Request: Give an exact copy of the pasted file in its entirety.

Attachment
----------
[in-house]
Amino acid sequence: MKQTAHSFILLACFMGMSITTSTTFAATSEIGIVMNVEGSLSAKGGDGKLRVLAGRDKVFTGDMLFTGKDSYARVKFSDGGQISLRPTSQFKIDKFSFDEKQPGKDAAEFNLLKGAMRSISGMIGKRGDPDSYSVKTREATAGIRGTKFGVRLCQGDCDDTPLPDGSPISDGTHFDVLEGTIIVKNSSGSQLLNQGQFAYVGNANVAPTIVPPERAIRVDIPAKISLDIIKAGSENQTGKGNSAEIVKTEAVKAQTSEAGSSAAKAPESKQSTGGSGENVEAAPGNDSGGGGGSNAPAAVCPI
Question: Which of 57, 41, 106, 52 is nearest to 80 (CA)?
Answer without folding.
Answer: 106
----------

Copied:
[in-house]
Amino acid sequence: MKQTAHSFILLACFMGMSITTSTTFAATSEIGIVMNVEGSLSAKGGDGKLRVLAGRDKVFTGDMLFTGKDSYARVKFSDGGQISLRPTSQFKIDKFSFDEKQPGKDAAEFNLLKGAMRSISGMIGKRGDPDSYSVKTREATAGIRGTKFGVRLCQGDCDDTPLPDGSPISDGTHFDVLEGTIIVKNSSGSQLLNQGQFAYVGNANVAPTIVPPERAIRVDIPAKISLDIIKAGSENQTGKGNSAEIVKTEAVKAQTSEAGSSAAKAPESKQSTGGSGENVEAAPGNDSGGGGGSNAPAAVCPI
Question: Which of 57, 41, 106, 52 is nearest to 80 (CA)?
Answer without folding.
Answer: 106